Thursday, December 2, 2021

Sudan Tribune

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S. Sudanese refugees concerned by delays in peace process

March 9, 2016 (KAMPALA) – South Sudanese refugees living in northern Uganda are unhappy about delays in implementing the peace deal signed by President Salva Kiir and the armed opposition (SPLM-IO) leader, Riek Machar in August last year.

A South Sudanese woman upon arrival at Kiryandongo refugee camp 16, Feb, 2014 (ST)
A South Sudanese woman upon arrival at Kiryandongo refugee camp 16, Feb, 2014 (ST)
One such refugee is Gatdet Gatnyang, who is disturbed that no meaningful peace has been realised six months after the warring parties signed the agreement, while violence still persists in several parts of the world’s youngest nation.

He says President’s Kiir’s decision to create 28 new states does not help.

“It is an obstacle to the people of South Sudan because it is creating more problems especially the recent violence that occurred in Malakal at the United Nations IDPs [internally displaced peoples] camp. It is the outcome of the 28 [newly created] states,” Gatnyang told Sudan Tribune.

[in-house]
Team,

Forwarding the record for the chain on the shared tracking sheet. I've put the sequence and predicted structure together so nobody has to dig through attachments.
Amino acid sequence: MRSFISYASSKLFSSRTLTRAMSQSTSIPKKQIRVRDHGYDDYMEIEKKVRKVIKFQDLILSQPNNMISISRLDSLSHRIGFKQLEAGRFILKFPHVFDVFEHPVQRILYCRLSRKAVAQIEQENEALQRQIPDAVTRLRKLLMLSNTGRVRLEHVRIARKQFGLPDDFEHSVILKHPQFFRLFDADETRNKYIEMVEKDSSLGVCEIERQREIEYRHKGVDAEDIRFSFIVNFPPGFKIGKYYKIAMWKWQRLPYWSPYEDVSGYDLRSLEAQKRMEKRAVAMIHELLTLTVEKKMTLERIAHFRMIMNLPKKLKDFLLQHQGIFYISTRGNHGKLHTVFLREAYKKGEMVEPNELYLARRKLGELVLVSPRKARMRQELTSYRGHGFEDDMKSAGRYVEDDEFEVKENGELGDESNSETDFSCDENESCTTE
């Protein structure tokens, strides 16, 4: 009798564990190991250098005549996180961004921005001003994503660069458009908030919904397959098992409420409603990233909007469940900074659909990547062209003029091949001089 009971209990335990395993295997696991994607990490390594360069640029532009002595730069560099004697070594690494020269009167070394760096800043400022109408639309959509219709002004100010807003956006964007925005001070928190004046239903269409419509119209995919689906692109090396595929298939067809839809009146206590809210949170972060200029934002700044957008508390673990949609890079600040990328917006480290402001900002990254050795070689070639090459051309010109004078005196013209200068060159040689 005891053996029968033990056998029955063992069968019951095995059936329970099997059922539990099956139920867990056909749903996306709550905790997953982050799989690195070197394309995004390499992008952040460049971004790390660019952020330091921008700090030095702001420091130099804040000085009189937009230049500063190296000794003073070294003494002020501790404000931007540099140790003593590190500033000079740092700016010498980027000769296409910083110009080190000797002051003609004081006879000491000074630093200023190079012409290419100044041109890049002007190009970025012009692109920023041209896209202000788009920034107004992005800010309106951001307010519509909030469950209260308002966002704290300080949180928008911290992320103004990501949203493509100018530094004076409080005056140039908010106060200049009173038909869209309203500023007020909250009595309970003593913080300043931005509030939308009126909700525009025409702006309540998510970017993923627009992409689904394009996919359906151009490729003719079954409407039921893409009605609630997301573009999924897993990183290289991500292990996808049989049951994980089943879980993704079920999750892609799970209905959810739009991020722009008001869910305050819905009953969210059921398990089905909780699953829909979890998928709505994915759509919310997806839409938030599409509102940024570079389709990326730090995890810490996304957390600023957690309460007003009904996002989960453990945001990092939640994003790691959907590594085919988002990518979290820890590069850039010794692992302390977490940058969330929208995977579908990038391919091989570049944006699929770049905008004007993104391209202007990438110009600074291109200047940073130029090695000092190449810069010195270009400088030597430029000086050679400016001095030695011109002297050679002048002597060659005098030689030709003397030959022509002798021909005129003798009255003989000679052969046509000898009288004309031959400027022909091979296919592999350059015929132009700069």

“I don’t think the creation of the 28 states is going to be peaceful,’’ he added.

Gatnyang says many South Sudanese do not identify with South Sudan as a nation, but rather with their tribes. He blames the South Sudanese government for the recent attacks at a UN camp in the Upper Nile state capital, Malakal.

Rebecca James, 18, blames both President Kiir and Machar for failing to discipline some errant soldiers still carrying out attacks across the country.

“They were given a lot of time to understand themselves and forgive each other. But they have done nothing more, they are still killing people up to these days and for me I don’t have any trust in them,’’ said Rebecca.

She urged the international community and the East African regional bloc (IGAD) to put pressure on South Sudanese leaders to stop the violence.

The desire to return home, many South Sudanese say, is a dream that can become a reality when peace and stability are fully restored in the country. They, however, doubt their leaders’ commitment to fully implement the compromise peace agreement.

(ST)